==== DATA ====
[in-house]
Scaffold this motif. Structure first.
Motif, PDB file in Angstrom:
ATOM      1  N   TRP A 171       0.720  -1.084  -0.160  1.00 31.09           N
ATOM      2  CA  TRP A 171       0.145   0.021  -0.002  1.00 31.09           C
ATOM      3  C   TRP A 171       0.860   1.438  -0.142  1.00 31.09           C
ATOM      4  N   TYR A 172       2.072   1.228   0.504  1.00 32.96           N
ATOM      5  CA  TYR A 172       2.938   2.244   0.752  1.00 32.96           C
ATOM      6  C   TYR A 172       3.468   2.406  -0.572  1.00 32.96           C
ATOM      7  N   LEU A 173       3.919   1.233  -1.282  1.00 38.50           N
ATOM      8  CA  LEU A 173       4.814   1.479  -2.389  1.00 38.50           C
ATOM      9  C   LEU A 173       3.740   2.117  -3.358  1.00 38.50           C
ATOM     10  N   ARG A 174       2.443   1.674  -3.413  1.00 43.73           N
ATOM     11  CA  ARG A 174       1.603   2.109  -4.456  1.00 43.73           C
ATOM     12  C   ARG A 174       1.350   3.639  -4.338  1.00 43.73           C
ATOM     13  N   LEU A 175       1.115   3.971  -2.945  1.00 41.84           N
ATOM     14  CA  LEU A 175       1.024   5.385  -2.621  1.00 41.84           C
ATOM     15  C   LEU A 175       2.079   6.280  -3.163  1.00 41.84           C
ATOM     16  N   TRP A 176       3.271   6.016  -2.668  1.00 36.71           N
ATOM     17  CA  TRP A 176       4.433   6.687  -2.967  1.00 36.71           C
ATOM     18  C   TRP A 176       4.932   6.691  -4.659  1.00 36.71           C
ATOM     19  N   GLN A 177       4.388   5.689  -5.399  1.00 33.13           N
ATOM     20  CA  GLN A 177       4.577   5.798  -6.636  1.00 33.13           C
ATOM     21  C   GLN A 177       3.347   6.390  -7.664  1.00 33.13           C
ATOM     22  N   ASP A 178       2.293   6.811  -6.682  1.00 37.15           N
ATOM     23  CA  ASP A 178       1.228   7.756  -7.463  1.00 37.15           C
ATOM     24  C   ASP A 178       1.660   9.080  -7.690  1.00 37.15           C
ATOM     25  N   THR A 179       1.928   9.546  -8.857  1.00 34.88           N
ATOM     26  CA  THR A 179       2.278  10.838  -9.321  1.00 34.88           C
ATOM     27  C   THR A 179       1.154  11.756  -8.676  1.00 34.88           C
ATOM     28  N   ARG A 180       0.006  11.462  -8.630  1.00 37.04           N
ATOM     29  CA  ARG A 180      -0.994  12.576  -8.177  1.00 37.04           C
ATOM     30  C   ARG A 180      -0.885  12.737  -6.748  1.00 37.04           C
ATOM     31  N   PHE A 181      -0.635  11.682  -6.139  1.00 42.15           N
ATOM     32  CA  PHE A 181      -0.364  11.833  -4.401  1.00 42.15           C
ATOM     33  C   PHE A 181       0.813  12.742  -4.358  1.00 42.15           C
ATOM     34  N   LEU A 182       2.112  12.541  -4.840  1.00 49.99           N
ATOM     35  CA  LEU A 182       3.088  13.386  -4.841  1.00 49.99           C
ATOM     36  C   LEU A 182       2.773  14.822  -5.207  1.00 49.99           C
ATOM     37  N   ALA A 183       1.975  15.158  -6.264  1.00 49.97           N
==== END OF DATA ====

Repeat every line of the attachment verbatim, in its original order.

[in-house]
Scaffold this motif. Structure first.
Motif, PDB file in Angstrom:
ATOM      1  N   TRP A 171       0.720  -1.084  -0.160  1.00 31.09           N
ATOM      2  CA  TRP A 171       0.145   0.021  -0.002  1.00 31.09           C
ATOM      3  C   TRP A 171       0.860   1.438  -0.142  1.00 31.09           C
ATOM      4  N   TYR A 172       2.072   1.228   0.504  1.00 32.96           N
ATOM      5  CA  TYR A 172       2.938   2.244   0.752  1.00 32.96           C
ATOM      6  C   TYR A 172       3.468   2.406  -0.572  1.00 32.96           C
ATOM      7  N   LEU A 173       3.919   1.233  -1.282  1.00 38.50           N
ATOM      8  CA  LEU A 173       4.814   1.479  -2.389  1.00 38.50           C
ATOM      9  C   LEU A 173       3.740   2.117  -3.358  1.00 38.50           C
ATOM     10  N   ARG A 174       2.443   1.674  -3.413  1.00 43.73           N
ATOM     11  CA  ARG A 174       1.603   2.109  -4.456  1.00 43.73           C
ATOM     12  C   ARG A 174       1.350   3.639  -4.338  1.00 43.73           C
ATOM     13  N   LEU A 175       1.115   3.971  -2.945  1.00 41.84           N
ATOM     14  CA  LEU A 175       1.024   5.385  -2.621  1.00 41.84           C
ATOM     15  C   LEU A 175       2.079   6.280  -3.163  1.00 41.84           C
ATOM     16  N   TRP A 176       3.271   6.016  -2.668  1.00 36.71           N
ATOM     17  CA  TRP A 176       4.433   6.687  -2.967  1.00 36.71           C
ATOM     18  C   TRP A 176       4.932   6.691  -4.659  1.00 36.71           C
ATOM     19  N   GLN A 177       4.388   5.689  -5.399  1.00 33.13           N
ATOM     20  CA  GLN A 177       4.577   5.798  -6.636  1.00 33.13           C
ATOM     21  C   GLN A 177       3.347   6.390  -7.664  1.00 33.13           C
ATOM     22  N   ASP A 178       2.293   6.811  -6.682  1.00 37.15           N
ATOM     23  CA  ASP A 178       1.228   7.756  -7.463  1.00 37.15           C
ATOM     24  C   ASP A 178       1.660   9.080  -7.690  1.00 37.15           C
ATOM     25  N   THR A 179       1.928   9.546  -8.857  1.00 34.88           N
ATOM     26  CA  THR A 179       2.278  10.838  -9.321  1.00 34.88           C
ATOM     27  C   THR A 179       1.154  11.756  -8.676  1.00 34.88           C
ATOM     28  N   ARG A 180       0.006  11.462  -8.630  1.00 37.04           N
ATOM     29  CA  ARG A 180      -0.994  12.576  -8.177  1.00 37.04           C
ATOM     30  C   ARG A 180      -0.885  12.737  -6.748  1.00 37.04           C
ATOM     31  N   PHE A 181      -0.635  11.682  -6.139  1.00 42.15           N
ATOM     32  CA  PHE A 181      -0.364  11.833  -4.401  1.00 42.15           C
ATOM     33  C   PHE A 181       0.813  12.742  -4.358  1.00 42.15           C
ATOM     34  N   LEU A 182       2.112  12.541  -4.840  1.00 49.99           N
ATOM     35  CA  LEU A 182       3.088  13.386  -4.841  1.00 49.99           C
ATOM     36  C   LEU A 182       2.773  14.822  -5.207  1.00 49.99           C
ATOM     37  N   ALA A 183       1.975  15.158  -6.264  1.00 49.97           N